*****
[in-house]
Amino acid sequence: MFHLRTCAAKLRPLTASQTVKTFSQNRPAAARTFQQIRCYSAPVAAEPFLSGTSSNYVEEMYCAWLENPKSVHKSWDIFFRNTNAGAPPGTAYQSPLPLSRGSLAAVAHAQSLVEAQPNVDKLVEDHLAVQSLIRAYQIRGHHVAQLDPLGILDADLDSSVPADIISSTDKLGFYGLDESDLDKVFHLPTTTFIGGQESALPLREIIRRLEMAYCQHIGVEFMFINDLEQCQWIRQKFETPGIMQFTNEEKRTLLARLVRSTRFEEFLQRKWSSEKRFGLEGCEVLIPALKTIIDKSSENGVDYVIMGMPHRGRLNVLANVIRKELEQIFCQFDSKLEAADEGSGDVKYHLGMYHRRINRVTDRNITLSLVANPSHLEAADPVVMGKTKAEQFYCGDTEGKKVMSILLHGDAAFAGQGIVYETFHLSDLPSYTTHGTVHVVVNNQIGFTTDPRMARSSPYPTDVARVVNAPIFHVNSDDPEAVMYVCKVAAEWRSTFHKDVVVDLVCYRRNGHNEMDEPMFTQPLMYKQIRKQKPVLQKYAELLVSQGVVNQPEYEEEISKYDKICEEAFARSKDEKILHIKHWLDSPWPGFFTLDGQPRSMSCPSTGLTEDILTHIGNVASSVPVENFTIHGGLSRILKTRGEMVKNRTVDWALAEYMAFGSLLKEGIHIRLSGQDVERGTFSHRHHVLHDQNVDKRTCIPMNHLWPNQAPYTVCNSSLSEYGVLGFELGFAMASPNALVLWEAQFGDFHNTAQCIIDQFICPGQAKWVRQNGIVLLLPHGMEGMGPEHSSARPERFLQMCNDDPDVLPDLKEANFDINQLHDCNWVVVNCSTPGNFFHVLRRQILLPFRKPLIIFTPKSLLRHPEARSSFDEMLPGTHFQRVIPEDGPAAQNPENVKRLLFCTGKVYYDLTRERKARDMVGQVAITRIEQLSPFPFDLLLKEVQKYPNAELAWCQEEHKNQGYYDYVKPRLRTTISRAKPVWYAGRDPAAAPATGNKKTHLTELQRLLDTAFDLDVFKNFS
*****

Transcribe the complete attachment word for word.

[in-house]
Amino acid sequence: MFHLRTCAAKLRPLTASQTVKTFSQNRPAAARTFQQIRCYSAPVAAEPFLSGTSSNYVEEMYCAWLENPKSVHKSWDIFFRNTNAGAPPGTAYQSPLPLSRGSLAAVAHAQSLVEAQPNVDKLVEDHLAVQSLIRAYQIRGHHVAQLDPLGILDADLDSSVPADIISSTDKLGFYGLDESDLDKVFHLPTTTFIGGQESALPLREIIRRLEMAYCQHIGVEFMFINDLEQCQWIRQKFETPGIMQFTNEEKRTLLARLVRSTRFEEFLQRKWSSEKRFGLEGCEVLIPALKTIIDKSSENGVDYVIMGMPHRGRLNVLANVIRKELEQIFCQFDSKLEAADEGSGDVKYHLGMYHRRINRVTDRNITLSLVANPSHLEAADPVVMGKTKAEQFYCGDTEGKKVMSILLHGDAAFAGQGIVYETFHLSDLPSYTTHGTVHVVVNNQIGFTTDPRMARSSPYPTDVARVVNAPIFHVNSDDPEAVMYVCKVAAEWRSTFHKDVVVDLVCYRRNGHNEMDEPMFTQPLMYKQIRKQKPVLQKYAELLVSQGVVNQPEYEEEISKYDKICEEAFARSKDEKILHIKHWLDSPWPGFFTLDGQPRSMSCPSTGLTEDILTHIGNVASSVPVENFTIHGGLSRILKTRGEMVKNRTVDWALAEYMAFGSLLKEGIHIRLSGQDVERGTFSHRHHVLHDQNVDKRTCIPMNHLWPNQAPYTVCNSSLSEYGVLGFELGFAMASPNALVLWEAQFGDFHNTAQCIIDQFICPGQAKWVRQNGIVLLLPHGMEGMGPEHSSARPERFLQMCNDDPDVLPDLKEANFDINQLHDCNWVVVNCSTPGNFFHVLRRQILLPFRKPLIIFTPKSLLRHPEARSSFDEMLPGTHFQRVIPEDGPAAQNPENVKRLLFCTGKVYYDLTRERKARDMVGQVAITRIEQLSPFPFDLLLKEVQKYPNAELAWCQEEHKNQGYYDYVKPRLRTTISRAKPVWYAGRDPAAAPATGNKKTHLTELQRLLDTAFDLDVFKNFS